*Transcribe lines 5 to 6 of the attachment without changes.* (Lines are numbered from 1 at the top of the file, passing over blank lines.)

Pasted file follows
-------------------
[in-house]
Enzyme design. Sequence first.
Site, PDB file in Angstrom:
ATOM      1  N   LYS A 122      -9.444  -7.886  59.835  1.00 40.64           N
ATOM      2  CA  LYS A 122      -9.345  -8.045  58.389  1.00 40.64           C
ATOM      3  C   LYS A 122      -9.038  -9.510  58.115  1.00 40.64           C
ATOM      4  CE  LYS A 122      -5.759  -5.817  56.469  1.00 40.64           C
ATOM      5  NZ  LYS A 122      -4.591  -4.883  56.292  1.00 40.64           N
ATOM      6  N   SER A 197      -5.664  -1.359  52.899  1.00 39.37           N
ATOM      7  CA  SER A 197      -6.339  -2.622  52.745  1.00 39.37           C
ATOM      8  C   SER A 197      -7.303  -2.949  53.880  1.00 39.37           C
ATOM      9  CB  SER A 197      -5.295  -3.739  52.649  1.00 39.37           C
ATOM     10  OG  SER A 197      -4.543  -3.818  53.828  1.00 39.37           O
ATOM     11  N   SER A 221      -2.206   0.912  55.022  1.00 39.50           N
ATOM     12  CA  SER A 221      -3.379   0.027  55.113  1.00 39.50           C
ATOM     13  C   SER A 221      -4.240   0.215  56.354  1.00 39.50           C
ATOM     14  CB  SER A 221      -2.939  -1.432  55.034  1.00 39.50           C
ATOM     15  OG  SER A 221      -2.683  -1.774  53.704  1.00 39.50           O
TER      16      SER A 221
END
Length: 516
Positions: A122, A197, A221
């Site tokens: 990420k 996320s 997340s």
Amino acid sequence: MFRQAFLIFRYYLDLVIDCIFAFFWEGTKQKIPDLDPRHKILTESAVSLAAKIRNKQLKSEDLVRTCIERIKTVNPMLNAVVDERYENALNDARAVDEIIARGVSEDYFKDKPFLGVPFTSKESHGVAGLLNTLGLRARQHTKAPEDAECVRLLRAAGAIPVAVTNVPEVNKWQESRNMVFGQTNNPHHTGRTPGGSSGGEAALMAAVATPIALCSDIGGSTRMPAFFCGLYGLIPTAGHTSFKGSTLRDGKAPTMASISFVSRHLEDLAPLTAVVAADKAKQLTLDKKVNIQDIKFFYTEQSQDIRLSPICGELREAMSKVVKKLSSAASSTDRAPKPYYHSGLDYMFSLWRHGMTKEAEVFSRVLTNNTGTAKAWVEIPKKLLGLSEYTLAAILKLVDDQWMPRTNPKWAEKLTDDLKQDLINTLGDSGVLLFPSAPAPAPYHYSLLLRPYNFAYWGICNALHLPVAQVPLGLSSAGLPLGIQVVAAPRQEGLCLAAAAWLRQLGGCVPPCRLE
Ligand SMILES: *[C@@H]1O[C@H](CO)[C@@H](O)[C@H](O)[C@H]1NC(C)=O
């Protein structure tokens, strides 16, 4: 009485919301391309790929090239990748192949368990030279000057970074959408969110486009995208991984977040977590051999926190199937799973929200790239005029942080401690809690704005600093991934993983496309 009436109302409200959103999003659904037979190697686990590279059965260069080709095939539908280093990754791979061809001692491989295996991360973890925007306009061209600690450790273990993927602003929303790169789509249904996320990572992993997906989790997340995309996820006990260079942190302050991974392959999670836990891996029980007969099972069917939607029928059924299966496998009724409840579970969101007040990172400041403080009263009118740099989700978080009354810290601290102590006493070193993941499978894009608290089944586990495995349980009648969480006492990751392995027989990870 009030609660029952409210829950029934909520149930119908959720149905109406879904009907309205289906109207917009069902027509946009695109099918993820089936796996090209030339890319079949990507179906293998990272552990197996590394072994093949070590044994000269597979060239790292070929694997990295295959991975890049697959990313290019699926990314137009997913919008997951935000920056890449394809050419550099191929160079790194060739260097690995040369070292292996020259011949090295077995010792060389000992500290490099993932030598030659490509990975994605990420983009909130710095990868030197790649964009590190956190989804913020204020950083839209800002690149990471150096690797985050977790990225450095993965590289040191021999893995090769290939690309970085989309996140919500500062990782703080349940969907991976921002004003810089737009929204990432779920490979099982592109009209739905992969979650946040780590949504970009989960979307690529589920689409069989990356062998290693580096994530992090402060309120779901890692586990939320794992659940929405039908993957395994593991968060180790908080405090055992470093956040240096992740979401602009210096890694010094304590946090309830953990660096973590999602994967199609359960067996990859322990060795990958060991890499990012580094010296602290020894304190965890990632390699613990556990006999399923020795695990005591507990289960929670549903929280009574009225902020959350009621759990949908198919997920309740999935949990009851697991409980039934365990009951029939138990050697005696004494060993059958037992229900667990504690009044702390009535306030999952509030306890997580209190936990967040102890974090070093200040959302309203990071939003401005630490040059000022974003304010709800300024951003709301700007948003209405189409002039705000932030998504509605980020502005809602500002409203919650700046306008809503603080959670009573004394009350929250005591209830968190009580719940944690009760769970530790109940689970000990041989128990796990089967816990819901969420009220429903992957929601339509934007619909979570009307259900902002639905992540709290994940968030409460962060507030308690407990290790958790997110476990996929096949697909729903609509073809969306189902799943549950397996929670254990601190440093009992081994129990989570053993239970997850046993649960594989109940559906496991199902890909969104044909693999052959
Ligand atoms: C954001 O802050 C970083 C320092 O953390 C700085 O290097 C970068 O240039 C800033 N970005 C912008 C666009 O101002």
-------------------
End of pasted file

ATOM      2  CA  LYS A 122      -9.345  -8.045  58.389  1.00 40.64           C
ATOM      3  C   LYS A 122      -9.038  -9.510  58.115  1.00 40.64           C